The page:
Julio wrote:

>\[

\begin{matrix}

& & h & & \\

& c & \rightarrow & c' &\\

f & \downarrow & & \downarrow & g\\

& d & \rightarrow & d' &\\

& & ? & & \\

\end{matrix}

\]

> why must the question mark function be equivalent to some composition of \\(f, h,\\) and \\(g\\)? Can't there simply exist an independent~~function~~ morphism in \\(\mathcal{C}\\) from \\(d\\) to \\(d'\\)?

Good question. But consider the example where the only objects and morphisms in \\(\mathcal{C}\\) are those shown in the picture - and composites of what's shown, and identity morphisms. There's no reason there should be anything else! Then you're stuck.

This is a great example of a general principle in category theory: _you can't make an omelette if you don't have eggs_. You can only cook with the ingredients you have.

You can try to wriggle out of this in various ways, and it would be educational to try.

Stephen explained it another way:

> My CS intuition would say: Anything else that wasn't trivial, would require information we don't have. There aren't really other choices if we want the functor to use the info we have and no more.

To fully get this intuition, I think one has to fight against it for a while and see all the bad things that happen.

>\[

\begin{matrix}

& & h & & \\

& c & \rightarrow & c' &\\

f & \downarrow & & \downarrow & g\\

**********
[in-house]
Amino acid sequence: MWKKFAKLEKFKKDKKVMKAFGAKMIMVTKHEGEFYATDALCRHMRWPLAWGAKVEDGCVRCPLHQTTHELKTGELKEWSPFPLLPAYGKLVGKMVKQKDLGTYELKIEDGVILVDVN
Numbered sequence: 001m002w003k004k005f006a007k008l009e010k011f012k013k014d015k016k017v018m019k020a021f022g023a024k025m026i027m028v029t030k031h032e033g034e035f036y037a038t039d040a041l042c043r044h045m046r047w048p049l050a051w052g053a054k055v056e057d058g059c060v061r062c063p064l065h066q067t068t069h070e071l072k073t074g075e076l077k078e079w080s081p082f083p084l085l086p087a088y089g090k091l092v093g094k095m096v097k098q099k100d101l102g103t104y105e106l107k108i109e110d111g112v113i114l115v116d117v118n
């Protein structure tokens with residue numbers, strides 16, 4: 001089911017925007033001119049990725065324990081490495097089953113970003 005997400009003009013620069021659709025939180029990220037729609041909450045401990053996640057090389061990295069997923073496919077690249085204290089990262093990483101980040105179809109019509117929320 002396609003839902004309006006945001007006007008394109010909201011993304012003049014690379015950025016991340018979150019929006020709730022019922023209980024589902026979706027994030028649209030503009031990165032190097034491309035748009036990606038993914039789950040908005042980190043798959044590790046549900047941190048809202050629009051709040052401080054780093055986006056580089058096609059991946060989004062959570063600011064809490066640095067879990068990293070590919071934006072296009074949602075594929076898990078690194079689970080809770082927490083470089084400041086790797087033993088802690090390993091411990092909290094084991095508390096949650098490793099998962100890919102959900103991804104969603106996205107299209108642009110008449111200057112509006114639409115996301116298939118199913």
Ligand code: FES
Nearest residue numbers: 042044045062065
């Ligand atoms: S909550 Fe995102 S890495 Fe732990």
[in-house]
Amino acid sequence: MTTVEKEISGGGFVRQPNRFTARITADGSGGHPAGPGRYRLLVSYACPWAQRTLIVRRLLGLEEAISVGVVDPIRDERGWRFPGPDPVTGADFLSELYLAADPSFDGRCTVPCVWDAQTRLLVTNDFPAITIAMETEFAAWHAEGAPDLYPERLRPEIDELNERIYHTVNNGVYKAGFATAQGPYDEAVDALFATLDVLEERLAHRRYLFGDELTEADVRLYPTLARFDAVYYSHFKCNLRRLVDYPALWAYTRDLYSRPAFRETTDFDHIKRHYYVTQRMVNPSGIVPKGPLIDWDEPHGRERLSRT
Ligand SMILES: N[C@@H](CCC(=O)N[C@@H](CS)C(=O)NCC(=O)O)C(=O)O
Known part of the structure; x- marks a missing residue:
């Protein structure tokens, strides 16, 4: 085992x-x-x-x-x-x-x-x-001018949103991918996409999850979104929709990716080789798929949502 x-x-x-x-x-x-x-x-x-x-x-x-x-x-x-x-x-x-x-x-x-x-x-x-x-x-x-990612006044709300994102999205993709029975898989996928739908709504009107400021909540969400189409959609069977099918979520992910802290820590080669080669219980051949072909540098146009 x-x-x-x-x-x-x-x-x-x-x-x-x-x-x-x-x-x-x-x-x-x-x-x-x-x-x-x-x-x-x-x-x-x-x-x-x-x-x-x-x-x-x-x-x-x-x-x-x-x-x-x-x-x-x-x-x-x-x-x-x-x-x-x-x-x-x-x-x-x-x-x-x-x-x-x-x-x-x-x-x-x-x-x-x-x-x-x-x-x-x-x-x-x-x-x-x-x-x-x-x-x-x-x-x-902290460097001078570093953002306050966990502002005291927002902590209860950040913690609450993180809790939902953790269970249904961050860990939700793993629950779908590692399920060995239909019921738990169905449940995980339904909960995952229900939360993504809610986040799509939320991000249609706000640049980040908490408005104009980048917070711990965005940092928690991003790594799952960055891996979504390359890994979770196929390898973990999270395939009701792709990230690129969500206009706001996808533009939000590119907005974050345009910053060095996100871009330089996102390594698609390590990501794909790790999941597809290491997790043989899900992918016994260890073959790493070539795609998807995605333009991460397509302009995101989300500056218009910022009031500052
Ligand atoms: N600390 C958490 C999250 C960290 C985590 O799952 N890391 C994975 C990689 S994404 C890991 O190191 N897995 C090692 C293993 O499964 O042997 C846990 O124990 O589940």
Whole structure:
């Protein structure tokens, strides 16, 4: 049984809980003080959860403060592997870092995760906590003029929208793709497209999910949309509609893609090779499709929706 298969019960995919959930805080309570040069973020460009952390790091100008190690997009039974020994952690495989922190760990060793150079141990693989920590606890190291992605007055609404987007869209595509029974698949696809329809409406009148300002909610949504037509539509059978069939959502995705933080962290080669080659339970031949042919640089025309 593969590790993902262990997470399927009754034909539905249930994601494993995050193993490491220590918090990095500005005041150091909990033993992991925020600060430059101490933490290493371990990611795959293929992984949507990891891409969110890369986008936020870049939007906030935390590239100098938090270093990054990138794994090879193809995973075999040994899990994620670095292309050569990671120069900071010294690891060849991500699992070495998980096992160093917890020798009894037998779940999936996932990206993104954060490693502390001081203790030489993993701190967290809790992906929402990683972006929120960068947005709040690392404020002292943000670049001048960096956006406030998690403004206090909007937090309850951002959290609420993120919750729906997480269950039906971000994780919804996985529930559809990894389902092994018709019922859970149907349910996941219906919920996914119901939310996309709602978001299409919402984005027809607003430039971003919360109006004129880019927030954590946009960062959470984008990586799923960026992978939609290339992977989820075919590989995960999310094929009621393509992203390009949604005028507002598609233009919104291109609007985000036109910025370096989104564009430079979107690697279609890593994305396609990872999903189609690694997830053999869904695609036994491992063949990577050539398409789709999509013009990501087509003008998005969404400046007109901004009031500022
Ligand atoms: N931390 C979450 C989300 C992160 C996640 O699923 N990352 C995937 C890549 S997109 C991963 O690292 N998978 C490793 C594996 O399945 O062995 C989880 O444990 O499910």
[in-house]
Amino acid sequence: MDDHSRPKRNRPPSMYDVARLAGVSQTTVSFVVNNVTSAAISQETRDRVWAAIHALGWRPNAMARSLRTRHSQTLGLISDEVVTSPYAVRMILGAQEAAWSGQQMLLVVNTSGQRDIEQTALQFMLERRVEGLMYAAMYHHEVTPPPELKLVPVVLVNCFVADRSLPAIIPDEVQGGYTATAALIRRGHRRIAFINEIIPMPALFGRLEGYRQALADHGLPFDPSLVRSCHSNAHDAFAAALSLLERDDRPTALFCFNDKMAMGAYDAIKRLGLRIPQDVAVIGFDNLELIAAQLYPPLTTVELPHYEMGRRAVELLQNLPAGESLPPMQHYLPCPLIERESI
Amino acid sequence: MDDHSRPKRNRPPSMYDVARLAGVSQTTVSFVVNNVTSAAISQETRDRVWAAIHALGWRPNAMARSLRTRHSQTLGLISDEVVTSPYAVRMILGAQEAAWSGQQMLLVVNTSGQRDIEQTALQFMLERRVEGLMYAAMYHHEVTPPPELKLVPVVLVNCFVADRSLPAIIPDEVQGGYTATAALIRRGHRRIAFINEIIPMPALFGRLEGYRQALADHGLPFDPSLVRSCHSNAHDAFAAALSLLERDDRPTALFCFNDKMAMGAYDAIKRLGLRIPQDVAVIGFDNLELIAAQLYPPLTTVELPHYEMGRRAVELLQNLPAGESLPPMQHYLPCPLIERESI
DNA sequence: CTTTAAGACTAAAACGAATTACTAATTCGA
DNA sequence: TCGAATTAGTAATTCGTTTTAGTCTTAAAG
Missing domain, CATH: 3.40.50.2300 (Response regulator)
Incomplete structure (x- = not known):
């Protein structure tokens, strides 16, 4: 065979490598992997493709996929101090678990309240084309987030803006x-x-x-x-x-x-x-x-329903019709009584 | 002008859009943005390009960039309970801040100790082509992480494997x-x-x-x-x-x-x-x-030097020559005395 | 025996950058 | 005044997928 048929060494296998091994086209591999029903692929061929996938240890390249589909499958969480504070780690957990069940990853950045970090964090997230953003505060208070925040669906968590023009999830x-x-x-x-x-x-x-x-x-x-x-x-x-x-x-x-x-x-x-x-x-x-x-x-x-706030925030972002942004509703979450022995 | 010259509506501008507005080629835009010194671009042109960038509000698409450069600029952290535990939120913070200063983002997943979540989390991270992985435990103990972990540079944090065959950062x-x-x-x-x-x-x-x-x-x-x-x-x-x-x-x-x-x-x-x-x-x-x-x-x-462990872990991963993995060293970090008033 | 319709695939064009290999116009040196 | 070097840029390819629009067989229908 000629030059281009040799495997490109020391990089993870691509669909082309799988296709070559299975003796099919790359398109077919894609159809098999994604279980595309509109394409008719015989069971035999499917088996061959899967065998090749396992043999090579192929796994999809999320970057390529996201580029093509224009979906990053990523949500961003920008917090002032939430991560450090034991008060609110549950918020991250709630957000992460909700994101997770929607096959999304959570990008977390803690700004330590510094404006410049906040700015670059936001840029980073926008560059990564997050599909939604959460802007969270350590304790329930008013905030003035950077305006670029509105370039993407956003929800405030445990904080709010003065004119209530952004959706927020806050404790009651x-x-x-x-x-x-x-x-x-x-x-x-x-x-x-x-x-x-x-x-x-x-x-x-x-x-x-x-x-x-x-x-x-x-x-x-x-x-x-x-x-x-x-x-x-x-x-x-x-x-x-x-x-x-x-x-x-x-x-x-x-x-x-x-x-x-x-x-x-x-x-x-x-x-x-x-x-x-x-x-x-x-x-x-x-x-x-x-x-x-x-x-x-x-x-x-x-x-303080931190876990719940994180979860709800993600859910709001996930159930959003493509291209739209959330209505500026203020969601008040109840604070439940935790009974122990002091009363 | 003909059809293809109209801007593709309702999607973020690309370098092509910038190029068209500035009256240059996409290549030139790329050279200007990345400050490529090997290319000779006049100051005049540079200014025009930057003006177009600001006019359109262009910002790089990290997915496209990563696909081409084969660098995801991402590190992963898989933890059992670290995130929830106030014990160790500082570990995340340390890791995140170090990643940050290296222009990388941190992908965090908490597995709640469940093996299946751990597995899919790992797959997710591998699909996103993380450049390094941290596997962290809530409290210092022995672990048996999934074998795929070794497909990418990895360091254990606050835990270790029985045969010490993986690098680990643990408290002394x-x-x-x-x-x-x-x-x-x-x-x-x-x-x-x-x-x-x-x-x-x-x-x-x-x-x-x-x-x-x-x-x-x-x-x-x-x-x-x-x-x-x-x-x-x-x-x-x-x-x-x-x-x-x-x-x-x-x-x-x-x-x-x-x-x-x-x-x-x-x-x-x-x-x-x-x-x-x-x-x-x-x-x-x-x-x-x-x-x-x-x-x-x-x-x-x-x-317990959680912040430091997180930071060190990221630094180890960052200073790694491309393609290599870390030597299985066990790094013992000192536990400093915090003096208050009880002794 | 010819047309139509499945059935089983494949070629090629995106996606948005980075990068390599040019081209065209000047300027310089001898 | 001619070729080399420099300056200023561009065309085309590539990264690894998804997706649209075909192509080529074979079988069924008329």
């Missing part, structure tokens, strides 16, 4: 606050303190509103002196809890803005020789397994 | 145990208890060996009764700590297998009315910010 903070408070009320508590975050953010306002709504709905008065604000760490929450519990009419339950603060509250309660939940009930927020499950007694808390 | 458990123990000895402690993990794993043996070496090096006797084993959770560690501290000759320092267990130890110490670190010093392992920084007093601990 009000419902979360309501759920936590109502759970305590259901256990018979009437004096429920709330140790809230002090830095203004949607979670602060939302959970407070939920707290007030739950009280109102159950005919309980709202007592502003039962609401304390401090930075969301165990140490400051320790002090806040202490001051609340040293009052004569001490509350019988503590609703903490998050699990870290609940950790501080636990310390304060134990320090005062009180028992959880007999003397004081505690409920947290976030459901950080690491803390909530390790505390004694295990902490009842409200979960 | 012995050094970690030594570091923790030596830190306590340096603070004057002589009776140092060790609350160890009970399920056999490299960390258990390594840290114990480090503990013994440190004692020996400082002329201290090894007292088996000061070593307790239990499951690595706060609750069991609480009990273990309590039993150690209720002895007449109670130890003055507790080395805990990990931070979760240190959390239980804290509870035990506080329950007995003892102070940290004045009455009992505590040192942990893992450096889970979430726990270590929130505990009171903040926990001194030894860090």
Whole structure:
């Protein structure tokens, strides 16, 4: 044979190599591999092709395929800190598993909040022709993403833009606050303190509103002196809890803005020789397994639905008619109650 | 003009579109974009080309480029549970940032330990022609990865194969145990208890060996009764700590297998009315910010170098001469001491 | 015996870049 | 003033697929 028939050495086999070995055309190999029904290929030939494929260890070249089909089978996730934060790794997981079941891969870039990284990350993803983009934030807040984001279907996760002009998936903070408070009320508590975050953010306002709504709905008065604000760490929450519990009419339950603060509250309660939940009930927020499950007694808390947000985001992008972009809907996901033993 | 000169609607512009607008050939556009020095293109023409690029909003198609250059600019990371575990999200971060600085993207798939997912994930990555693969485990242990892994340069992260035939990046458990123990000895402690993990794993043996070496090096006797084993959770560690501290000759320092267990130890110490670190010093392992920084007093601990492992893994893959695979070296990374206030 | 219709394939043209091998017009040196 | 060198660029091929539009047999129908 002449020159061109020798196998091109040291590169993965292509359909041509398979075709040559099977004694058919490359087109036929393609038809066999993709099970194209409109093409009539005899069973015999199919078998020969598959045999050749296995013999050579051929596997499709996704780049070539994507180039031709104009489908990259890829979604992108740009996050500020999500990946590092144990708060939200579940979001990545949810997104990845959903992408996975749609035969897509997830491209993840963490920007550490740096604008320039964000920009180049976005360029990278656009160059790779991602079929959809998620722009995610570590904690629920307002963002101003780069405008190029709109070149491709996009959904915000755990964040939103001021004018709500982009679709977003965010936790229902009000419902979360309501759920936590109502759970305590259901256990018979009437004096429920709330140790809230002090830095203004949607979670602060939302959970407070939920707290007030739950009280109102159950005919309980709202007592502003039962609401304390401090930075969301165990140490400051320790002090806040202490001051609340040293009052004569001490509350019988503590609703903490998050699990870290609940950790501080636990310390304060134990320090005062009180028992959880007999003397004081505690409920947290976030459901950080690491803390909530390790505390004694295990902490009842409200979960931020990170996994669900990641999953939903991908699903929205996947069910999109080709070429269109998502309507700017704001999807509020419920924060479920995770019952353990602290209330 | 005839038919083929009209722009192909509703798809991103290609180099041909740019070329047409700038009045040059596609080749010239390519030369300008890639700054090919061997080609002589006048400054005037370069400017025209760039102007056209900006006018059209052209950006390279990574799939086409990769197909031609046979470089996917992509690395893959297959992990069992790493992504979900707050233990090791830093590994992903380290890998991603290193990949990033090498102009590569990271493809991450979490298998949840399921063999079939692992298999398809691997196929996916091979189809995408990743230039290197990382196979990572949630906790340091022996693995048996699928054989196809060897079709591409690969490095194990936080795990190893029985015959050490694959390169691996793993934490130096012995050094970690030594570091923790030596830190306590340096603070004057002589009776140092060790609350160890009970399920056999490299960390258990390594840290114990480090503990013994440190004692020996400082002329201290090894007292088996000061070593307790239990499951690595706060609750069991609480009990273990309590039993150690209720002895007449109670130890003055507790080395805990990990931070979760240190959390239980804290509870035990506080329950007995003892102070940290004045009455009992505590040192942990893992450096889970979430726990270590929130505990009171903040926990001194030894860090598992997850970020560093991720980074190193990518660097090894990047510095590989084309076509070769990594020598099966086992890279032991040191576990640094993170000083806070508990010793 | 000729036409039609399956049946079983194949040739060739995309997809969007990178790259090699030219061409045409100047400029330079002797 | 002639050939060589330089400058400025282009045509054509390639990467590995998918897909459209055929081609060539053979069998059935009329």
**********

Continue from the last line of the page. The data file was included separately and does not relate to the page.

& d & \rightarrow & d' &\\

& & ? & & \\

\end{matrix}

\]

> why must the question mark function be equivalent to some composition of \\(f, h,\\) and \\(g\\)? Can't there simply exist an independent

Good question. But consider the example where the only objects and morphisms in \\(\mathcal{C}\\) are those shown in the picture - and composites of what's shown, and identity morphisms. There's no reason there should be anything else! Then you're stuck.

This is a great example of a general principle in category theory: _you can't make an omelette if you don't have eggs_. You can only cook with the ingredients you have.

You can try to wriggle out of this in various ways, and it would be educational to try.

Stephen explained it another way:

> My CS intuition would say: Anything else that wasn't trivial, would require information we don't have. There aren't really other choices if we want the functor to use the info we have and no more.

To fully get this intuition, I think one has to fight against it for a while and see all the bad things that happen.